Researchers have successfully reversed the symptoms of mental retardation and autism in mice for the first time.
The study was conducted by a team of researchers including Mansuo L. Hayashi and Susumu Tonegawa at the Picower Institute for Learning and Memory at MIT.
As part of the study, researchers genetically manipulated mice to model Fragile X Syndrome (FXS), the leading inherited cause of mental retardation and the most common genetic cause of autism.
The condition, tied to a mutated X chromosome gene called fragile X mental retardation 1 (FMR1) gene, causes mild learning disabilities to severe autism.
Researchers identified a key enzyme, a chemical reaction-inducing protein as a possible target for an FXS drug. The enzyme, called p21-activated kinase, or PAK, affects the number, size and shape of connections between neurons in the brain.
Researchers found that halting PAK's enzymatic activity reversed the structural abnormality of neuronal connections found in the FXS mice.
In the brain, small protrusions called dendritic spines on the branch-like dendrites of one neuron receive chemical signals from other neurons and communicate them to the main cell body. The numbers and shapes of dendritic spines are key to normal brain function.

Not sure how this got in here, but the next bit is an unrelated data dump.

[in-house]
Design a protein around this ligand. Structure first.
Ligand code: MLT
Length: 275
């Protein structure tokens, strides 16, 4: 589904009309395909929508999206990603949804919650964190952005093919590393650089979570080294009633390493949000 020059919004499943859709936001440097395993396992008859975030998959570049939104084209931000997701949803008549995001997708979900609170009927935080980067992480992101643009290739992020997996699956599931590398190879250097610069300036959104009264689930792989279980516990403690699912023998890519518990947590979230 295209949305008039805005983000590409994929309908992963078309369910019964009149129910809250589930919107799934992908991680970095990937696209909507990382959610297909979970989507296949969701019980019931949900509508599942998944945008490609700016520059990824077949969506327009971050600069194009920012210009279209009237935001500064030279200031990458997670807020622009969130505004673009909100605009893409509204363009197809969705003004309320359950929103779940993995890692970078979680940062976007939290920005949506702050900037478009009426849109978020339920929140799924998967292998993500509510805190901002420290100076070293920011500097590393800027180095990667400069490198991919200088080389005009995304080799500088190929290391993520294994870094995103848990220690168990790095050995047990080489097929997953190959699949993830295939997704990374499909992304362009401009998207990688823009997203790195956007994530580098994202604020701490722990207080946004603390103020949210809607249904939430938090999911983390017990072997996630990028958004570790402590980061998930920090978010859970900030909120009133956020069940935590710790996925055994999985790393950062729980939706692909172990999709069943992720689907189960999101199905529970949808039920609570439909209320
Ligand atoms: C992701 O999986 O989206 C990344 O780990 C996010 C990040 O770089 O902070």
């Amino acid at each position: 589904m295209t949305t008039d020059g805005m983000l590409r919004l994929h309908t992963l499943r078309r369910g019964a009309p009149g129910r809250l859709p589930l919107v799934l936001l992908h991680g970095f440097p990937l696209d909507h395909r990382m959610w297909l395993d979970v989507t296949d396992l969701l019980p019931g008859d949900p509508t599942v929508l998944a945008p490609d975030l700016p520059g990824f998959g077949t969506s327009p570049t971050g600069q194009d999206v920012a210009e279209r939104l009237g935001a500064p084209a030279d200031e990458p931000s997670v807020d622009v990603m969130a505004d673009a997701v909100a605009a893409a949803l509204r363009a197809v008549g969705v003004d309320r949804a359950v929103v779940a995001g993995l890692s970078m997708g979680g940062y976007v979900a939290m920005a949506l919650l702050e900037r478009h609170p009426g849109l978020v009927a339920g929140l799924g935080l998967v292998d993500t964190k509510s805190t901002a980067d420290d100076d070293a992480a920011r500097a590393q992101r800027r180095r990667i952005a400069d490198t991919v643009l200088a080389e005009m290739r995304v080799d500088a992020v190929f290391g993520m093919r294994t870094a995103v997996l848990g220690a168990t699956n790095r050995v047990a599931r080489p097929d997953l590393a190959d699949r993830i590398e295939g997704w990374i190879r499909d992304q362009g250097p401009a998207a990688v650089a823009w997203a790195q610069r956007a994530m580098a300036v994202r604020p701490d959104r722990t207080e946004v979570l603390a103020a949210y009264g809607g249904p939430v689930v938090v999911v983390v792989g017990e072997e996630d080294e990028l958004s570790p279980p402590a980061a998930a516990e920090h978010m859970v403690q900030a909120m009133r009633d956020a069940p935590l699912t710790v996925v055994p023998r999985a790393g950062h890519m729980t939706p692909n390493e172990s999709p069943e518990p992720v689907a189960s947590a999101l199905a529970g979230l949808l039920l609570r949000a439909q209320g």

FXS patients have higher numbers of dendritic spines in their brains, but each spine is longer and thinner, and transmits weaker electric signals, than those in non-affected individuals.
When the enzymatic activity of PAK was inhibited in the FXS mice, abnormalities in their spine number and structure-as well as the weaker electrical communication between their neurons-were reversed.
The FXS mice exhibited symptoms similar to those in FXS patients. These included hyperactivity; purposeless, repetitive movements reminiscent of autistic people; attention deficits and difficulty with learning and memory tasks.
"These behavioural abnormalities are ameliorated, partially or fully, by inhibiting the enzymatic activity of PAK, Tonegawa said.
"Strikingly, PAK inhibition also restored electrical communication between neurons in the brains of the FXS mice, correcting their behavioural abnormalities in the process," he added.
"Our study suggests that inhibiting a certain enzyme in the brain could be an effective therapy for countering the debilitating symptoms of FXS in children, and possibly in autistic kids as well," Hayashi said.
The findings of the study will be published in the online early edition of the Proceedings of the National Academy of Sciences Related medicine news :1
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